FreeCAD uses the LGPL license, which means you are free to download, install, redistribute and use FreeCAD the way you want, regardless of the type of work you'll do with it (commercial or non-commercial). You are not bound to any clause or restriction, and the files you produce with it are fully yours. The only thing that the license prohibits, really, is to claim that you programmed FreeCAD yourself!

FreeCAD runs without any difference on Windows, Mac OS and Linux. However, the ways to install it differ slightly depending on your platform. On Windows and Mac, the FreeCAD community provides precompiled packages (installers) ready to download, while on Linux, the source code is made available to Linux distributions maintainers, who are then responsible for packaging FreeCAD for their specific distribution. As a result, on Linux, you can usually install FreeCAD right from the software manager application.

The official FreeCAD download page for Windows and Mac OS is

FreeCAD versions

The official releases of FreeCAD, on the page above or in your distribution's software manager, are stable versions. However, the development of FreeCAD is fast! New features and bug fixes are added almost every single day. Since it can sometimes take a long time between stable releases, you might be interested in trying a more bleeding-edge version of FreeCAD. These development versions, or pre-releases, are uploaded from time to time to the download page mentioned above, or, if you are using Ubuntu, the FreeCAD community also maintains PPA (Personal Package Archives) or 'daily builds' which are regularly updated with the most recent changes.

If you are installing FreeCAD in a virtual machine, please be aware that the performance might be low, or in some cases unusable due to the limits of OpenGL support on most virtual machines.

Installing on Windows

  1. Download an installer (.exe) package corresponding to your version of Windows (32bit or 64bit) from the download page. The FreeCAD installers should work on any windows version starting from Windows 7.
  2. Double-click the downloaded installer.
  3. Accept the terms of the LGPL license (this will be one of the few cases where you can really, safely click the "accept" button without reading the text. No hidden clauses): FreeCAD installation on windows, step 1
  4. You can leave the default path here, or change if you wish: FreeCAD installation on windows, step 2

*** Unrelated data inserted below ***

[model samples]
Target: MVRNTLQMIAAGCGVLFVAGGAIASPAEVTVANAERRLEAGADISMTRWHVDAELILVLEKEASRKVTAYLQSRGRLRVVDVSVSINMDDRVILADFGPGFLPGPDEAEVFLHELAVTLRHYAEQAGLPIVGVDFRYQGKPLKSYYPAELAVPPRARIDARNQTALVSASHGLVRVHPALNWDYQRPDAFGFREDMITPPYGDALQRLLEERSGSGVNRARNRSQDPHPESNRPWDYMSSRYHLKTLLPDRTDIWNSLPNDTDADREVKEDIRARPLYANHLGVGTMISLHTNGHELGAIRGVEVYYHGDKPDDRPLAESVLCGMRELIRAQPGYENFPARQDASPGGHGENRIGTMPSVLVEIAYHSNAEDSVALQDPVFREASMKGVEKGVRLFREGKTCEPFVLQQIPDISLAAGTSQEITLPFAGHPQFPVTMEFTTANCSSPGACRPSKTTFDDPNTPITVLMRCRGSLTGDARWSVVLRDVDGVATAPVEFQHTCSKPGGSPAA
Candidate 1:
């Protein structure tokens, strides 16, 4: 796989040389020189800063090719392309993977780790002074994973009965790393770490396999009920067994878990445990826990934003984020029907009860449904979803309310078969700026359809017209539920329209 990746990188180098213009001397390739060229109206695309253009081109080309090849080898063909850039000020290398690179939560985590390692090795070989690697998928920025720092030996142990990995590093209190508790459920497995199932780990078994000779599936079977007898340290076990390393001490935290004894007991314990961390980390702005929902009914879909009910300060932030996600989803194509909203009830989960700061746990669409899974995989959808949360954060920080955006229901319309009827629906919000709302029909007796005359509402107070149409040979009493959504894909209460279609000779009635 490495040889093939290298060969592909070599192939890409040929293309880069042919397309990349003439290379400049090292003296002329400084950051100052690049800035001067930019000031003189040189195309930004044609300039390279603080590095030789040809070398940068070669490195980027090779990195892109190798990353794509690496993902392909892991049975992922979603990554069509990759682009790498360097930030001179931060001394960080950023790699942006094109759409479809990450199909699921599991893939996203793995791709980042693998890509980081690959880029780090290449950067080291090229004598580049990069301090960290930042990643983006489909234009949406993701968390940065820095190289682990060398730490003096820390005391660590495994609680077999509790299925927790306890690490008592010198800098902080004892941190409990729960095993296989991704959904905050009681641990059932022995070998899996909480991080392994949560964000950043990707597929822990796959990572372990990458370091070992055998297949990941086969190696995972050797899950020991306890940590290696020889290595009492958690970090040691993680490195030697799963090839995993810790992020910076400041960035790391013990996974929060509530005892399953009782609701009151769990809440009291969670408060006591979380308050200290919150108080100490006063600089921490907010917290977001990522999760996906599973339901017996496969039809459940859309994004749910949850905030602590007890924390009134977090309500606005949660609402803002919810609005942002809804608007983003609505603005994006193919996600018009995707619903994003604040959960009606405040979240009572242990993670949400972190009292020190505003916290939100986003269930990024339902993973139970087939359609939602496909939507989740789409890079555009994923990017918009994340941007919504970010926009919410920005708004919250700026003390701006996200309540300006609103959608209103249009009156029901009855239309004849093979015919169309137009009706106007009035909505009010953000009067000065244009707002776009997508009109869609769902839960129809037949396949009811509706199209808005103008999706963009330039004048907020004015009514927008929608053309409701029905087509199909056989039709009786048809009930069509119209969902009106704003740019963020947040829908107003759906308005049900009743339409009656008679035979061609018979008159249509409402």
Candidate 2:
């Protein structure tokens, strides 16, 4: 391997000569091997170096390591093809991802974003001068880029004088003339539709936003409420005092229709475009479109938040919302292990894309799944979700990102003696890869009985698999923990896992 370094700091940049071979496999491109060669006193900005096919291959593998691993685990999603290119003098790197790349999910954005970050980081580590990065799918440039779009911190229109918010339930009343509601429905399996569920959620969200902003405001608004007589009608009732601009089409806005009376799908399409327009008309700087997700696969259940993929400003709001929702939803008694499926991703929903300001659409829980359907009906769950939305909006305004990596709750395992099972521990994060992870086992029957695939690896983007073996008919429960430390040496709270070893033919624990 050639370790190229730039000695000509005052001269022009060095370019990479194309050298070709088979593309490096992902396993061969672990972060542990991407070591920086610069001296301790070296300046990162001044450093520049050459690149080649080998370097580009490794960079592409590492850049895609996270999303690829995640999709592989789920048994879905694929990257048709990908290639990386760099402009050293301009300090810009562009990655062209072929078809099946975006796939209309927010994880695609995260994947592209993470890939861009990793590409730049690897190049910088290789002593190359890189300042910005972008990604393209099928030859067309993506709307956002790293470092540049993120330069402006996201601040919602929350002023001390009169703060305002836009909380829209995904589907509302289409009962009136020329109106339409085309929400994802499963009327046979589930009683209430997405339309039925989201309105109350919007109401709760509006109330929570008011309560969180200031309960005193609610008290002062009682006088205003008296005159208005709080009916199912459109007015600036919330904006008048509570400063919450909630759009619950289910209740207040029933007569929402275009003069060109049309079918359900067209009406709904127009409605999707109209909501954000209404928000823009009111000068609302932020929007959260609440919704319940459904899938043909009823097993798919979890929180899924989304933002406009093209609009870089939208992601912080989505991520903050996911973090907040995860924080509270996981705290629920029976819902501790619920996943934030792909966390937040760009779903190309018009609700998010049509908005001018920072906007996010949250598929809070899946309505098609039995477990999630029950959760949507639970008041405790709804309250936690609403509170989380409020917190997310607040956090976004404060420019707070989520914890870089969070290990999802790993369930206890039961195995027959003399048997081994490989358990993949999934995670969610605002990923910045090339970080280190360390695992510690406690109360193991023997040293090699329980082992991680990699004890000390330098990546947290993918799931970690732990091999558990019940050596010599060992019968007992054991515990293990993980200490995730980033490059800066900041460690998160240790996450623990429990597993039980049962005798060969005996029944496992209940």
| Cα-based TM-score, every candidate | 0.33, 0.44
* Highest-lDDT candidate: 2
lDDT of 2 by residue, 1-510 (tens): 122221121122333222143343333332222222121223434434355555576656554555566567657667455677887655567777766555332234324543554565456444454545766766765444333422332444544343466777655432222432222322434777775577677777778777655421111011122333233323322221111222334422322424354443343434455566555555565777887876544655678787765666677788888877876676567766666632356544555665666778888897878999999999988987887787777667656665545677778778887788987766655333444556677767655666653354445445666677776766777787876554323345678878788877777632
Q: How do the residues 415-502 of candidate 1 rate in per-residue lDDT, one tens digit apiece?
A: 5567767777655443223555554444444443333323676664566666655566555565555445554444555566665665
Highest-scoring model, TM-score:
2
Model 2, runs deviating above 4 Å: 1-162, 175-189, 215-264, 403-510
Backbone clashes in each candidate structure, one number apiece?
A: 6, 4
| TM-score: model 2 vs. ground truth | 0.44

5. No need to set the PYTHONPATH variable, unless you plan to do some advanced python programming, in which case you probably already know what this is for: FreeCAD installation on windows, step 3
  6. During the installation, a couple of additional components, which are bundled inside the installer, will be installed too: FreeCAD installation on windows, step 4
  7. That's it, FreeCAD is installed. You will find it in your start menu. FreeCAD installation on windows, step 5

Installing a development version

Packaging FreeCAD and creating an installer takes some time and dedication, so usually, development (also called pre-release) versions are provided as .zip (or .7z) archives. These don't need to be installed, just unpack them and lauch FreeCAD by double-clicking the FreeCAD.exe file that you will find inside. This also allows you to keep both the stable and "unstable" versions together on the same computer.

Installing on Linux

On most modern Linux distributions (Ubuntu, Fedora, OpenSUSE, Debian, Mint, Elementary, etc), FreeCAD can be installed with the click of a button, directly from the software management application provided by your distribution (the aspect of it can differ from the images below, each distribution uses its own tool).

  1. Open the software manager and search for "freecad": FreeCAD installation on linux, step 1
  2. Click the "install" button and that's it, FreeCAD gets installed. Don't forget to rate it afterwards! FreeCAD installation on linux, step 2

Alternative ways

One of the big joys of using Linux is the multitude of possibilities to tailor your software, so don't restrain yourself. On Ubuntu and derivatives, FreeCAD can also be installed from a PPA maintained by the FreeCAD community (it contains both stable and development versions) and since this is open-source software, you can also easily compile FreeCAD yourself.

Installing on Mac OS

Installing FreeCAD on Mac OSX is nowadays as easy as on other platforms. However, since there are less people in the community who own a Mac, the available packages often lag a couple of versions behind the other platforms.

  1. Download a zipped package corresponding to your version from the download page.